Since the 1979 revolution, recurring rounds of sanctions and eight years of war with Iraq have hammered Iran’s oil production and export capacity. Despite boasting the fourth largest proven oil reserves in the world, Iran’s oil production and exports languished at 4 million barrels per day (mb/d) and 2.5 mb/d, respectively, in 2011.The entrance of the European Union and United States into an even more stringent sanctions regime in 2012 further crippled an already hamstrung industry. Iran’s crude exports dropped 40 percent to 1.5 mb/d in 2012 and sunk to an average of just 1 mb/d by 2014 as foreign markets closed, international investment evaporated, and supply chains withered.Now, as the Joint Comprehensive Plan of Action nuclear deal ushers Iran back into international energy markets, its oil and gas industry is poised to reach its full potential. The impacts promise to be profound and wide reaching as oil sales provided 80 percent of Iran’s export earnings and 60 percent of its state revenues in 2013. With Iranian oil production and exports already rising following the nuclear deal, this paper examines scenarios for Iran’s full reentry into international oil and gas markets.
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11
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The America First Energy Plan: Renewing the Confidence of American Energy Producers

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Publication date: 
Thursday, August 17, 2017
Abstract in English: 
US energy policy is on the brink of a dramatic shift as President Donald Trump seeks to dismantle the Obama Administration’s environmentally-friendly energy initiatives, remove environmental and climate concerns from US energy policies, and reorient focus on producing low-cost energy and creating American jobs. To achieve the desired increase in domestic fossil fuel production and energy employment, President Trump, his administration, and his allies have promised to implement the America First Energy Plan, intended to reinvigorate the US coal industry, expand domestic fossil fuel production, cut regulations, open federal land for fossil fuel exploration, and reduce federal support for climate and environmental programs.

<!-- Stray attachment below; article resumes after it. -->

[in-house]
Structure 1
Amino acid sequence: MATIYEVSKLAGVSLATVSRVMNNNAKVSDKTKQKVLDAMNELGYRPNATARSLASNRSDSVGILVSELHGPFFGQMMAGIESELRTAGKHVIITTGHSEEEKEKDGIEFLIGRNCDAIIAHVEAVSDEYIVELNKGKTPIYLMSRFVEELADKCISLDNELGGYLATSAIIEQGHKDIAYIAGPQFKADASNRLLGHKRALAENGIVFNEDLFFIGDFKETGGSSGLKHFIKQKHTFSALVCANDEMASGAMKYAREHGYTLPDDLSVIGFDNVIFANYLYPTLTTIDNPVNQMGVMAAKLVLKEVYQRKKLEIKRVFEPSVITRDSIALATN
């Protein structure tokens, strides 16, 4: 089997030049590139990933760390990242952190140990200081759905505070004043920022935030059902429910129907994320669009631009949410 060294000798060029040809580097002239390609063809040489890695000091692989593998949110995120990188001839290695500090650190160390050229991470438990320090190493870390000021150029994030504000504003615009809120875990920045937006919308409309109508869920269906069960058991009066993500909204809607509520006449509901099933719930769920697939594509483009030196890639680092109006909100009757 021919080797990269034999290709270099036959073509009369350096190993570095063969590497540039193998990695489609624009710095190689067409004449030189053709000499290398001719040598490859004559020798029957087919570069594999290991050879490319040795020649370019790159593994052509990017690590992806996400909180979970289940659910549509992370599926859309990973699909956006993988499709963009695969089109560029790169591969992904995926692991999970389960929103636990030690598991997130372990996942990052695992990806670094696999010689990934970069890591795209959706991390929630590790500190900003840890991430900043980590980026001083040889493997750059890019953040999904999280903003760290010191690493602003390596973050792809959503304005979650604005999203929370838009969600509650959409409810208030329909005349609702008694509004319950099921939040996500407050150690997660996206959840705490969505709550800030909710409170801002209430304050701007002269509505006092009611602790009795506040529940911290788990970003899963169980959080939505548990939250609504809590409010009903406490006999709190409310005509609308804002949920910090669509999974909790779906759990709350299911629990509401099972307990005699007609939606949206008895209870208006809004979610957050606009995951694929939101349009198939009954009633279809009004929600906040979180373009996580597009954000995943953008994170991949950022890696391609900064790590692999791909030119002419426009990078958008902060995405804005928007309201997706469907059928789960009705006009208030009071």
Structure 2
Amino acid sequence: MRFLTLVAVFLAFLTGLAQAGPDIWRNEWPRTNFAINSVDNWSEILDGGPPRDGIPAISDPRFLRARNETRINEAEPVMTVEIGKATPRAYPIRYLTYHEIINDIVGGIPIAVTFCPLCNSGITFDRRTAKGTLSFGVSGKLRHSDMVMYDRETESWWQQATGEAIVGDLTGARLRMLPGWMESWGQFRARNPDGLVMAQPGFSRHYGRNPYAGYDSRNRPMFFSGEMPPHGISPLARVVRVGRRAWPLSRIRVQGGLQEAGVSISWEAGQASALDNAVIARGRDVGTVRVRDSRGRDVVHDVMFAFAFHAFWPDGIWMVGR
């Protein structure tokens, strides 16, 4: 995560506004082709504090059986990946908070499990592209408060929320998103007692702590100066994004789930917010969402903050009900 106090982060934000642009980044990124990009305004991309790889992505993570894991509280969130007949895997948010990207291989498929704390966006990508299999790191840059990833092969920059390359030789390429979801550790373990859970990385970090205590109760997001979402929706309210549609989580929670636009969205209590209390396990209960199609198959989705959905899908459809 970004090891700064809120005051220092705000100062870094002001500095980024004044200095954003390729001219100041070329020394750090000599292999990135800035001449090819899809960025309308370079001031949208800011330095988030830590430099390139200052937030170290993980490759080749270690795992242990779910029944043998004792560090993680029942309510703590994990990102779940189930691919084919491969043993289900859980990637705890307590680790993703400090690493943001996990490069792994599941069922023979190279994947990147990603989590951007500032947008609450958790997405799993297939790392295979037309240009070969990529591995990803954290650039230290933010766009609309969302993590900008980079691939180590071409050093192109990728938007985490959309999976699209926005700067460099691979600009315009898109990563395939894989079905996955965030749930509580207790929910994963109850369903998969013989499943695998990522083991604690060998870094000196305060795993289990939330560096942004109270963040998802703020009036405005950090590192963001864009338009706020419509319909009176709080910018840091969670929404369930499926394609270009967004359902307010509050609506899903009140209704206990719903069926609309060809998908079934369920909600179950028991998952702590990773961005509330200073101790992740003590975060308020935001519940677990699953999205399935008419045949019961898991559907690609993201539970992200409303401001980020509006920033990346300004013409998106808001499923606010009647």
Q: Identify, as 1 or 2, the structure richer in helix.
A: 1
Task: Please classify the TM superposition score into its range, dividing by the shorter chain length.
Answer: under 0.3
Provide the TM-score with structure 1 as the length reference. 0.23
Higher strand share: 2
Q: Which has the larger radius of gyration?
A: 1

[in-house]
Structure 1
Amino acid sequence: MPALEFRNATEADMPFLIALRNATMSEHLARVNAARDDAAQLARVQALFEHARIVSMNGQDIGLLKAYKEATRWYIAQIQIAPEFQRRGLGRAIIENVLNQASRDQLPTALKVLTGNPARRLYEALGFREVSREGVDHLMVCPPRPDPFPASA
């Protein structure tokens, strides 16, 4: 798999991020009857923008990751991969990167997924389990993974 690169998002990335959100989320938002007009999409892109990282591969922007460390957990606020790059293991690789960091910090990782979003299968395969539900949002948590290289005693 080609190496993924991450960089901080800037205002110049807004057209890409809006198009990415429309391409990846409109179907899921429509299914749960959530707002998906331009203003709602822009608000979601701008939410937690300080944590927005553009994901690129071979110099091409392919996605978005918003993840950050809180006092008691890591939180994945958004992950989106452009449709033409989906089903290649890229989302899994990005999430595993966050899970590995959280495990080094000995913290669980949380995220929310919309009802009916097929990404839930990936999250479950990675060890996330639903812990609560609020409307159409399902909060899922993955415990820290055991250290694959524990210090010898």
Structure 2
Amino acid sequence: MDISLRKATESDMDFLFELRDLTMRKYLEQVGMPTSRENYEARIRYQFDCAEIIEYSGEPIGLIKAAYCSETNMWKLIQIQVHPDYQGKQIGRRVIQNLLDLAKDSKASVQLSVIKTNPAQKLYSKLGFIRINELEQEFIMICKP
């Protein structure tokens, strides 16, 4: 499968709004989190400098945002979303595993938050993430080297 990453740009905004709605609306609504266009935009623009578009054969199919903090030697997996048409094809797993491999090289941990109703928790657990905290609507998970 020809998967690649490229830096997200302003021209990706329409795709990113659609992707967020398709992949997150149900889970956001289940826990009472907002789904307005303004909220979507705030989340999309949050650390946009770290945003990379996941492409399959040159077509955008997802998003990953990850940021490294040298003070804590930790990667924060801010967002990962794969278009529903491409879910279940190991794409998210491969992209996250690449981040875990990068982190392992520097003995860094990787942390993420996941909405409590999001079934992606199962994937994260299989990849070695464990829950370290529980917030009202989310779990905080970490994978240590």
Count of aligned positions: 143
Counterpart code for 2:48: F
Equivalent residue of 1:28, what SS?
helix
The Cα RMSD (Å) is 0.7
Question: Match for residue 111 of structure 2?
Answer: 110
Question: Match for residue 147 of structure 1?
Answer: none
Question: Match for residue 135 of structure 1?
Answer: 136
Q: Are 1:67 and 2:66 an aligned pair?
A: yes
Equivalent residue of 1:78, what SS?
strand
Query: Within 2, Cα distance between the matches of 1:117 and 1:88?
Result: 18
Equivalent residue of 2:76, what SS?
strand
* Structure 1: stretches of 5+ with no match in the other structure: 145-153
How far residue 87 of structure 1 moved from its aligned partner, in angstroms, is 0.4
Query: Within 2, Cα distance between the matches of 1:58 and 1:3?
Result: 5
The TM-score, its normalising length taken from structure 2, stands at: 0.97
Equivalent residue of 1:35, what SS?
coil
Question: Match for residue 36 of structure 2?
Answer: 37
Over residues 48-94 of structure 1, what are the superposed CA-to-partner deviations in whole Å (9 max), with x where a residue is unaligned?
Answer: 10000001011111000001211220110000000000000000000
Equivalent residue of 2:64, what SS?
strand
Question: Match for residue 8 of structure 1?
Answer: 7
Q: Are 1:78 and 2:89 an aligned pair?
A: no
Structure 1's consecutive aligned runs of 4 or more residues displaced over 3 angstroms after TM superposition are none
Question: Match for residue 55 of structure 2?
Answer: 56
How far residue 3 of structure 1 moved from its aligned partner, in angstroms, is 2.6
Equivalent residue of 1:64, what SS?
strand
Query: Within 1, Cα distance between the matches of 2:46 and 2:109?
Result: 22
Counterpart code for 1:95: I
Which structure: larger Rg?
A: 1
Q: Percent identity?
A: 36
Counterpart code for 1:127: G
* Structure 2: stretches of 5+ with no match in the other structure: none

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12
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Western Options in a Multipolar World

Date of Editorial Board meeting: 
Publication date: 
Monday, November 27, 2017
Abstract in English: 
No one can know the future. China and Russia—who are currently challenging, albeit in different ways, the Western liberal order—face difficulties at home and could become inward-focused and disengaged. Nonetheless, almost thirty years after the end of the Cold War, geopolitics looks like it is poised for another turn of the wheel that may not be as favorable to Western interests.
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12
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3D Printing: Shaping Africa’s Future

Date of Editorial Board meeting: 
Publication date: 
Friday, April 20, 2018
Abstract in English: 
Disruptive technologies—such as the Internet of Things, robotics, and three-dimensional (3D) printing—have been heralded as the future of the global manufacturing sector. However, in Africa, they could hinder industrialization and result in fewer entry points into global supply chains. While it may be possible for African nations to “leapfrog” directly to newer technologies, it is more likely that developing the relevant worker know-how, infrastructure, and corporate capabilities necessary to leverage the potential value of these technologies will be a very gradual process. African policy makers must therefore pursue multipronged strategies to ensure relevance as 3D printing and other disruptive technologies move into the mainstream.
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9